their target areas, using Web sites and advice that I give on 
this cloud-cover forecast Web page.
_ _ _


Since the paths for these events are all very narrow, one must travel to the 
paths with mobile equipment to observe them, rather like grazing occultations 
of stars by the Moon. And like lunar grazes, it is necessary to adjust the 
location for elevation above sea level. John Irwin in the UK has helped IOTA 
with this by supplying special Google Earth files that take elevation into 
account. Consequently, we can not use Occult Watcher (OW) for these events, 
since OW does not take elevation into account. Instead, we use the Google 
Earth (GE) files by J. Irwin that he describes in this .pdf document.

In Dec. 2022, Dave Herald updated his Occult4 program to generate GE files 
similar to John Irwins, but Dave uses the same color scheme used in other 
parts of the program, so unlike Irwin, Heralds central line is green, the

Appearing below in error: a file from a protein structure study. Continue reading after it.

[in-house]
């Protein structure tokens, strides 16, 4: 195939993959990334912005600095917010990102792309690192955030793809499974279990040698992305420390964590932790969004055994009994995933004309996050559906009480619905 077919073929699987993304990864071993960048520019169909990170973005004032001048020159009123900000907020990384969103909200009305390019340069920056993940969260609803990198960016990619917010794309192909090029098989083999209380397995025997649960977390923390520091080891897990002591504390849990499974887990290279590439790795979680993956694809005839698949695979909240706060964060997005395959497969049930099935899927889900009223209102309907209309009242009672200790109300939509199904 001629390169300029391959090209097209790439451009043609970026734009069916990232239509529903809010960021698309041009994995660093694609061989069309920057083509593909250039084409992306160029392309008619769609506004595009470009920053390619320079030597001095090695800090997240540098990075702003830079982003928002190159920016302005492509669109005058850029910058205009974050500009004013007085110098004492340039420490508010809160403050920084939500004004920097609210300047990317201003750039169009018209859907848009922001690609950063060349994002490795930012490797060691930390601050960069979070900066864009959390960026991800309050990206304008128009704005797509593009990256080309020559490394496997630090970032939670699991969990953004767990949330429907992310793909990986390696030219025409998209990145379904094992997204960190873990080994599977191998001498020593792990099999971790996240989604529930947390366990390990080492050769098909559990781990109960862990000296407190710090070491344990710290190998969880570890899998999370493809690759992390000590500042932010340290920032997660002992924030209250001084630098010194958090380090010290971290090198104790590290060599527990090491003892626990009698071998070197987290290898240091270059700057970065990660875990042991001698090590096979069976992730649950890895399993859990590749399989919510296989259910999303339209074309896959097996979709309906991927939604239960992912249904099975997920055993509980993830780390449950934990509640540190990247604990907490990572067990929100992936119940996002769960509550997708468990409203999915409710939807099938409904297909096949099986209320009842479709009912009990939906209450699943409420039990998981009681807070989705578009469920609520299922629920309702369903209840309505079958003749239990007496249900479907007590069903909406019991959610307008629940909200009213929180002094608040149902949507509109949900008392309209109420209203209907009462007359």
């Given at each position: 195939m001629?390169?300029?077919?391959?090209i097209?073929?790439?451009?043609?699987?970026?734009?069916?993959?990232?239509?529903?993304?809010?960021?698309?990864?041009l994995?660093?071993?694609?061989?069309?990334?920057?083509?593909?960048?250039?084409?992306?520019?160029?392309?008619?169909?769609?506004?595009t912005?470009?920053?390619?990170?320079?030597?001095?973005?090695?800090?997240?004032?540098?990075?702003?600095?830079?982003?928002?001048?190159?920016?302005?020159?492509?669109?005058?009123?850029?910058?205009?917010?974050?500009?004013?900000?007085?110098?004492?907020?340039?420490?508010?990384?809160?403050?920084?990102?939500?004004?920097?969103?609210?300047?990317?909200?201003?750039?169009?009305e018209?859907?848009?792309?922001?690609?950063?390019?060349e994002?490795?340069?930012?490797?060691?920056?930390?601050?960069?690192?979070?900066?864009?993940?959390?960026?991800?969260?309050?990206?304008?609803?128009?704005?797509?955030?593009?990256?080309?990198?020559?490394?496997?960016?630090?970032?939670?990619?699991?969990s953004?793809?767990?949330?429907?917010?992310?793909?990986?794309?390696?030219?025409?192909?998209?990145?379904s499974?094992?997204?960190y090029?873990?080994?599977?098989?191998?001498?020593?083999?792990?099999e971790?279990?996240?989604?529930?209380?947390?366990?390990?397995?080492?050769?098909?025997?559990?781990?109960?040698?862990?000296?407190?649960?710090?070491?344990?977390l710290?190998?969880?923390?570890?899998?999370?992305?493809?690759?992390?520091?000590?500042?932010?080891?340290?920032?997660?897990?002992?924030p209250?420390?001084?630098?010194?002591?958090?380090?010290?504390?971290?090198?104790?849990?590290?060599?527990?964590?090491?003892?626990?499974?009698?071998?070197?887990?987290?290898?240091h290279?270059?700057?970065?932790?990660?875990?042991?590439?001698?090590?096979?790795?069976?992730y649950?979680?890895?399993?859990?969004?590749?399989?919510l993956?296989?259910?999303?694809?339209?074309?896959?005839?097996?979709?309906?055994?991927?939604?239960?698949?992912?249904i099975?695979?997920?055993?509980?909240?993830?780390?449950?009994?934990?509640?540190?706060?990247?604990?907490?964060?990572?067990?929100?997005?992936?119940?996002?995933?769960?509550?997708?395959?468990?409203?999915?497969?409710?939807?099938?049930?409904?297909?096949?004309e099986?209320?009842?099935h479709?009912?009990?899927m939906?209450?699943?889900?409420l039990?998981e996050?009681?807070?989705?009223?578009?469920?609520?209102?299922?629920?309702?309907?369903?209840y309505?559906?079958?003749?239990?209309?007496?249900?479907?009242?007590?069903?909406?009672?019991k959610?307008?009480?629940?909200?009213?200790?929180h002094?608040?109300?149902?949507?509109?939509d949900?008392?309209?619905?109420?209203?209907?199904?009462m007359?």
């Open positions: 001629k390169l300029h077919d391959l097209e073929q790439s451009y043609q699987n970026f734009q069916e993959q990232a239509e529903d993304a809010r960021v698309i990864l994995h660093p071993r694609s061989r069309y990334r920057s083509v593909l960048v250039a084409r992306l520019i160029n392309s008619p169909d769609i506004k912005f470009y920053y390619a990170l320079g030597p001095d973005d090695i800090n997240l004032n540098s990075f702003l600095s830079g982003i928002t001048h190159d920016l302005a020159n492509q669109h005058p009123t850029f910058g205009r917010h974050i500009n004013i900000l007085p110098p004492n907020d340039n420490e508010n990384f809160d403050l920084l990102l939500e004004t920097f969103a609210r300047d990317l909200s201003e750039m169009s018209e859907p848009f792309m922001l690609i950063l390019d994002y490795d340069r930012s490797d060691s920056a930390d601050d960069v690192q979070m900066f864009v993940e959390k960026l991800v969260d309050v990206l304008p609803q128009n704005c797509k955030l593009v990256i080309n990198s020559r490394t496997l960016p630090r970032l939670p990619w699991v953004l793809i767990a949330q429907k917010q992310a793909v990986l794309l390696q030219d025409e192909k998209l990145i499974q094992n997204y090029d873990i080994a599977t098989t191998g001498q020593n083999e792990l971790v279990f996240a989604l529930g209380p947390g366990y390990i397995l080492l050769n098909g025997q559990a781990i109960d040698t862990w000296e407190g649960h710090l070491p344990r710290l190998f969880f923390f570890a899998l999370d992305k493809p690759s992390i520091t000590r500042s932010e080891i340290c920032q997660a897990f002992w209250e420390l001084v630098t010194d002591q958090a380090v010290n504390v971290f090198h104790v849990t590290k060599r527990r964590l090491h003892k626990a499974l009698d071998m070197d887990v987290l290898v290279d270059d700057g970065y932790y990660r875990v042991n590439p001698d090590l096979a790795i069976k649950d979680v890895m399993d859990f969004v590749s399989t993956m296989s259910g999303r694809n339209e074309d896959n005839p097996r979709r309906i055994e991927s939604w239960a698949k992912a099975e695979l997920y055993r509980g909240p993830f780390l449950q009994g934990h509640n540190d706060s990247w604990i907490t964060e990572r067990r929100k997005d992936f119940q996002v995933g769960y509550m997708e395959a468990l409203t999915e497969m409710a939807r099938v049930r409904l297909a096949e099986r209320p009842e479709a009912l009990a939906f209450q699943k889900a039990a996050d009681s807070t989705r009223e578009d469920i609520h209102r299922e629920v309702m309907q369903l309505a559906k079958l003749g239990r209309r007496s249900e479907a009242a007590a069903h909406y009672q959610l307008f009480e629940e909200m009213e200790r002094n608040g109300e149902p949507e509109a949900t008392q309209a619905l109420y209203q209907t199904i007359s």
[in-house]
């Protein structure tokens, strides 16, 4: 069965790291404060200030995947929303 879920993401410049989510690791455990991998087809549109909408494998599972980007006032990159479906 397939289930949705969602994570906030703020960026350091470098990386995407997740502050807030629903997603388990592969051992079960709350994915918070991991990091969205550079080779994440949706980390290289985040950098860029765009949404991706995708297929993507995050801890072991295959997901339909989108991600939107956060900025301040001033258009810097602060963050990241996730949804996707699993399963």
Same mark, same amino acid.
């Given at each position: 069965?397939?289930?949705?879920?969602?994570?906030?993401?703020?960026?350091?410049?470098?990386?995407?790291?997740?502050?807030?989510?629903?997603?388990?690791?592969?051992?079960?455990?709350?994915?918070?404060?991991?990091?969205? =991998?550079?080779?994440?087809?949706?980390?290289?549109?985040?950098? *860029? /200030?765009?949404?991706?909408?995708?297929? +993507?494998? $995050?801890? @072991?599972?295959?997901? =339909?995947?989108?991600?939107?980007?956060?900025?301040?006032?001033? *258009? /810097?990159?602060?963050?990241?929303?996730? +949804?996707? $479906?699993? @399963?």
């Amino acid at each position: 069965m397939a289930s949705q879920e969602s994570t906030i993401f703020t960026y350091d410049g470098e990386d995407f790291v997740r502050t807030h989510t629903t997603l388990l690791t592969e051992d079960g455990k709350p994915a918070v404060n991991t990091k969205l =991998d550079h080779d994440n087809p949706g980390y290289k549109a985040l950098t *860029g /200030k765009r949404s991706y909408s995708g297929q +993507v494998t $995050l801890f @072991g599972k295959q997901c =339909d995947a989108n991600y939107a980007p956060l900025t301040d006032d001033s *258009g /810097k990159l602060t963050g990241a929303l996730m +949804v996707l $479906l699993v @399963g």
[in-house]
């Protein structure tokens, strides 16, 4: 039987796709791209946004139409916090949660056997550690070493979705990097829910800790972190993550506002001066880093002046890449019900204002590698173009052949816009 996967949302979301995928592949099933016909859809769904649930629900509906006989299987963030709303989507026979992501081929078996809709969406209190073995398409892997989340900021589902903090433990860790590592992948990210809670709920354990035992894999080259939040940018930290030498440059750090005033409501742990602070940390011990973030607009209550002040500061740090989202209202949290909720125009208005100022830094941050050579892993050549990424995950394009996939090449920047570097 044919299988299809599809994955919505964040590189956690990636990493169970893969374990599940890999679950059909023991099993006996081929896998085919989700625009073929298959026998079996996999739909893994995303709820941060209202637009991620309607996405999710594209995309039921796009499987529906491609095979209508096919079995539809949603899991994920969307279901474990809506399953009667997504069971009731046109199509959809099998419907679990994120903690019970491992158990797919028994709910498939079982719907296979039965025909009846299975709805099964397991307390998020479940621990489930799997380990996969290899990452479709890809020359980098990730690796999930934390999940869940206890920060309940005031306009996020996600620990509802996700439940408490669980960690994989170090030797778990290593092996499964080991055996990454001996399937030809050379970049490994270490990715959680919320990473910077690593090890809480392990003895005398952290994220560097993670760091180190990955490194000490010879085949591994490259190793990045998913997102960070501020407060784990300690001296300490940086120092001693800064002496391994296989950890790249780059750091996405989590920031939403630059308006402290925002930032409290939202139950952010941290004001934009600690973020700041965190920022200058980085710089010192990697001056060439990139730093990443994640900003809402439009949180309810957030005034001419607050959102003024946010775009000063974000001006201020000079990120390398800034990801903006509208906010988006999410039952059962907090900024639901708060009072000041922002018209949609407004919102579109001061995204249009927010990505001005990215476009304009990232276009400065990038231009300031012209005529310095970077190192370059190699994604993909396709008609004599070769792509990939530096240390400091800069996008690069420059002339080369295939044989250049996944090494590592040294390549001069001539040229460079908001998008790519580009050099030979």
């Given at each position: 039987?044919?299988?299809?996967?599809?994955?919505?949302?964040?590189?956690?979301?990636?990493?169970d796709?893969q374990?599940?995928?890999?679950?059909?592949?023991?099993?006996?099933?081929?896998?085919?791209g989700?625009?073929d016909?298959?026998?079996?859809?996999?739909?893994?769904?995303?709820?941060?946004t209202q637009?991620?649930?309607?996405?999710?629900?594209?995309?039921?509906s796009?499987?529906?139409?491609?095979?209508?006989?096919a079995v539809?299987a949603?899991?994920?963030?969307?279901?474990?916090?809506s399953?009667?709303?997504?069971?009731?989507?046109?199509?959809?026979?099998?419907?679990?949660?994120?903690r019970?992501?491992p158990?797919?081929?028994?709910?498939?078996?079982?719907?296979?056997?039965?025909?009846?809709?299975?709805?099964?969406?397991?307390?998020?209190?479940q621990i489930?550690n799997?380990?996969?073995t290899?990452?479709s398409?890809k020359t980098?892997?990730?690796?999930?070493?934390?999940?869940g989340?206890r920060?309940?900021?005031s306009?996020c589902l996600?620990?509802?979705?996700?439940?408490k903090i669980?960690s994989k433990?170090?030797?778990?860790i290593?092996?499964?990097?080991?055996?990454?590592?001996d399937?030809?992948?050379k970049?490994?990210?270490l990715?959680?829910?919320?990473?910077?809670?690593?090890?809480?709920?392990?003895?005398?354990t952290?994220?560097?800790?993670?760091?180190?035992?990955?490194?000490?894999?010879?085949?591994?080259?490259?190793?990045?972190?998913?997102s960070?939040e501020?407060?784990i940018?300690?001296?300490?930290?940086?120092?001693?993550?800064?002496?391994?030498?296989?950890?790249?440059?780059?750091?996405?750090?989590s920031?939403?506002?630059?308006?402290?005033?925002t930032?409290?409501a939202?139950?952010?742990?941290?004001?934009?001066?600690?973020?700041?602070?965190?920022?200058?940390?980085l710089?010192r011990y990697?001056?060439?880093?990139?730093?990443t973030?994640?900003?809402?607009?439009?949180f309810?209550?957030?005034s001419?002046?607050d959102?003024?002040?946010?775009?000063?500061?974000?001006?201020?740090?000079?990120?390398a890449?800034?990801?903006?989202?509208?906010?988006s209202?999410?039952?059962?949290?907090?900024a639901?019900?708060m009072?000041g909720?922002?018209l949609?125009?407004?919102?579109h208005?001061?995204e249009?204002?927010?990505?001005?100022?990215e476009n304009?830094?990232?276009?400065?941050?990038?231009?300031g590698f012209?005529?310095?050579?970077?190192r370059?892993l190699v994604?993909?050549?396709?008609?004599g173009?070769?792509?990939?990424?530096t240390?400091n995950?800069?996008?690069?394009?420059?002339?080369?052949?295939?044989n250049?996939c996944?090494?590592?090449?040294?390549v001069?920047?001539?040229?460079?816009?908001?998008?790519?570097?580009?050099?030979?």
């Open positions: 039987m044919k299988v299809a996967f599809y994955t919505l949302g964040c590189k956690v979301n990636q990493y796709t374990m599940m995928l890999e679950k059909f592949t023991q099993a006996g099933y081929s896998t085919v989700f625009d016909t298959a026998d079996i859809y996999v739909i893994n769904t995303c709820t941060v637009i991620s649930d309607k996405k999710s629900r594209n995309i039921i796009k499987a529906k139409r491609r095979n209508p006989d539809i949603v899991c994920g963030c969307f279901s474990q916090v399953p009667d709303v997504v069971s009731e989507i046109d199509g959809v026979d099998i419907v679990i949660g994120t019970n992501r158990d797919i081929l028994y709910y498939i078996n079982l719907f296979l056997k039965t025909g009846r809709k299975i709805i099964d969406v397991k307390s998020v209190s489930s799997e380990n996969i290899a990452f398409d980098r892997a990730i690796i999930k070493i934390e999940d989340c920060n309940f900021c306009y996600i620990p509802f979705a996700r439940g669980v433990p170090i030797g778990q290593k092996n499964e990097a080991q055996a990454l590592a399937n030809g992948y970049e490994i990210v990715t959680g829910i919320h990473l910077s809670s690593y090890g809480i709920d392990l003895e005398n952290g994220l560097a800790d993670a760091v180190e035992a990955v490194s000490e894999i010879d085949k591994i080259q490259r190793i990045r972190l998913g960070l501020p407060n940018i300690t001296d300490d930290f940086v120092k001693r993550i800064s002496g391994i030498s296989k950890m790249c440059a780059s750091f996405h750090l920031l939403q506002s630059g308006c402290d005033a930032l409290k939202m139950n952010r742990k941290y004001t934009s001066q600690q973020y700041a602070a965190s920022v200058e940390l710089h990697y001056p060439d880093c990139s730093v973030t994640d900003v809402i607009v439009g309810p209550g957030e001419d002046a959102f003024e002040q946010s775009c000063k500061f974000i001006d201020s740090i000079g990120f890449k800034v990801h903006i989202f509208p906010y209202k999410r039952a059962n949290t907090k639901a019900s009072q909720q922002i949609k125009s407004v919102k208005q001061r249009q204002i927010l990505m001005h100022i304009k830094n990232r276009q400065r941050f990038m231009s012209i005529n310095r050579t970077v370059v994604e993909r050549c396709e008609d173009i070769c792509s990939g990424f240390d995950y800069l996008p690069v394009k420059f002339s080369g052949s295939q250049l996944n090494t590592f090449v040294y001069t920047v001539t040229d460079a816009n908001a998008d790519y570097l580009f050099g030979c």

limits are dark blue, and the 1-sigma limits are red. The parallel fence 
lines for observers are light yellow and can be set up with a specified 
spacing on the sky plane and a specified number from either side of center. 
But unlike Irwins GE file, the Occult one does not include lines for the 
occultation by Dimorphos, so Irwins file is preferred for Didymos events. 
However, they are fine for NEAs with no known moons, such as for 
(98943) 2001 CC21.
_ _ _


See the map and table of Didymos occultations on page 5 of the .pdf 
document. The paths of the two occultations in March do not cross the 
USA, but only parts of s.e. Canada and Mexico with no active mobile 
occultation observers. The two events in April cross the central and 
southeastern USA, but they are faint (14th mag.) and have durations 
less than 0.07s (2 NTSC video frames at most); we can supply Google 
Earth or other resources for those events upon request, if observations